We know how busy and stressful life can be with work, family obligations, school, and an endless to-do list. That all becomes much more challenging when you are faced with a cancer diagnosis.
Patients with cancer shouldn’t have to go through their cancer journey alone. It’s simply too much of a burden for any individual to bear. Every patient with cancer can benefit from a reliable support system to help with everything, from coping with the physical and emotional effects of treatment to picking up dinner.
Let’s consider what a cancer support system looks like, and how each person in the system can assist patients through diagnosis, treatment, and recovery.
What Is a Multidisciplinary Care Team?
Cancer care is complex, and each patient is unique. Patients need the expertise of different oncology professionals with highly specialized training and knowledge. This is why a patient’s support system begins with a multidisciplinary care team. An integrated, collaborative team of specialists considers multiple perspectives when diagnosing cancer and developing a personalized treatment plan for each patient.
An essential member of the multidisciplinary care team is the oncology patient navigator. A patient navigator serves as an advocate and information resource for patients as they navigate through the healthcare system. As the patient’s primary point of contact within the multidisciplinary care team, a patient navigator coordinates care with the medical team. The oncology patient navigator’s goals are to provide patients with the information they need to make confident decisions and to help manage the logistics of their cancer care, which are often overwhelming.
The responsibilities of the patient navigator involve explaining the diagnosis, discussing the side effects of the medications, arranging transportation to medical appointments, organizing medical information, dealing with health insurance companies, and finding financial, legal, and social support.
Accepting Help and Support from Friends and Family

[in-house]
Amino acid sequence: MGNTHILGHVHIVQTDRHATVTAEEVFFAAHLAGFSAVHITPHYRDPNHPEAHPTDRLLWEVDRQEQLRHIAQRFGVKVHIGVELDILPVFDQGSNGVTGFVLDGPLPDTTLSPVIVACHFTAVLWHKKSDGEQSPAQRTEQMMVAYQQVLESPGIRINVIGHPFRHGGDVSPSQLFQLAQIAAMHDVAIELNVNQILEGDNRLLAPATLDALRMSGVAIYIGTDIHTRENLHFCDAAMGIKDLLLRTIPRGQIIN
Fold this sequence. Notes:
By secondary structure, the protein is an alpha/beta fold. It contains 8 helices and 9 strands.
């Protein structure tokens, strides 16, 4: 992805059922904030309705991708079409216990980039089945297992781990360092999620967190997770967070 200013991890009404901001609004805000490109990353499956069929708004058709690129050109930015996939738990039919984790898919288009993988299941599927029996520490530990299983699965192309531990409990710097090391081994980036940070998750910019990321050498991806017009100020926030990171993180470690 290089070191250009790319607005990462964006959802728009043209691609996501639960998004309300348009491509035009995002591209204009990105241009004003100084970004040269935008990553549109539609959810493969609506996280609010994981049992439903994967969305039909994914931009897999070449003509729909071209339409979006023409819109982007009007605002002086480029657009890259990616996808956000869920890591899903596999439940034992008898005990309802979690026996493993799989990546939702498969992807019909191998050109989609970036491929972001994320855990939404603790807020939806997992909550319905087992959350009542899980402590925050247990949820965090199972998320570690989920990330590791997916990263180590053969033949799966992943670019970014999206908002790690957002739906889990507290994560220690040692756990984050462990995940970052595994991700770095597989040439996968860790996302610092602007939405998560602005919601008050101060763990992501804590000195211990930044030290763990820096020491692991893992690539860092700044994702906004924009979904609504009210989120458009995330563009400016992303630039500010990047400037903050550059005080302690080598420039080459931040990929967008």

Everyone needs people who can be a sounding board or a shoulder to cry on during difficult times. We could all use a hand with day-to-day tasks, such as cooking and cleaning, picking up groceries, and taking the kids to and from school or daycare.
For patients with cancer who have always been independent, it’s not always easy to accept help. When dealing with the stress of cancer, however, there’s nothing wrong with letting others take responsibilities off of your plate. Just keep in mind that people may not know what kind of help you need.
For example, if someone asks what they can do to help, have answers ready. Make lists of one-time and recurring tasks that you need help with. Think about which individuals you trust to handle certain responsibilities. Who is an ideal caregiver? Who can help with running errands? Given the extended networks many people have through social media, support could come from unexpected places and could then rekindle old friendships.
Of course, there will be times when you’re not feeling your best and just don’t want to talk to anyone. That’s okay. If you need some quiet time, just be honest and say you’re having a rough day, thank people for their concern, and ask them to call or visit at another time.
Cancer Support Groups
Cancer support groups allow you to share your experiences and stories with people who have been there, creating another outlet for expressing feelings and emotions. The encouragement and advice shared in cancer support groups can give patients hope and reassurance when facing challenges and difficult circumstances.
Well-known cancer organizations, such as the American Cancer Society and the National Cancer Institute, are valuable resources for support group information, in person and online. Many local nonprofit groups, faith-based organizations, and hospitals can also connect you with cancer support groups. Patients who you meet in a support group may even recommend groups and activities that they’ve found helpful.
Healthcare is expensive, and cancer care is no exception. Expenses for traveling to hospitals and doctors can add up quickly. Many patients are forced to miss work for treatment or to stop working completely, creating a huge financial burden. Insurance may cover most of these costs, but there could be a large financial gap to fill, especially when complications occur or when the cancer returns.
Your oncology patient navigator is an invaluable resource for finding financial support along your cancer journey, whereas social workers can help you identify specific patient programs, understand eligibility requirements, and submit paperwork. Many financial programs and services have been created, especially for low-income families, to provide assistance with food, housing, transportation, caregiving, medications, and other expenses.
Newly diagnosed patients with cancer may need medical, emotional, logistical, and/or financial help as they start their cancer journey. Although a cancer support system isn’t built overnight, gradually bringing together the right team of professionals, family, and friends to help can make the journey less stressful.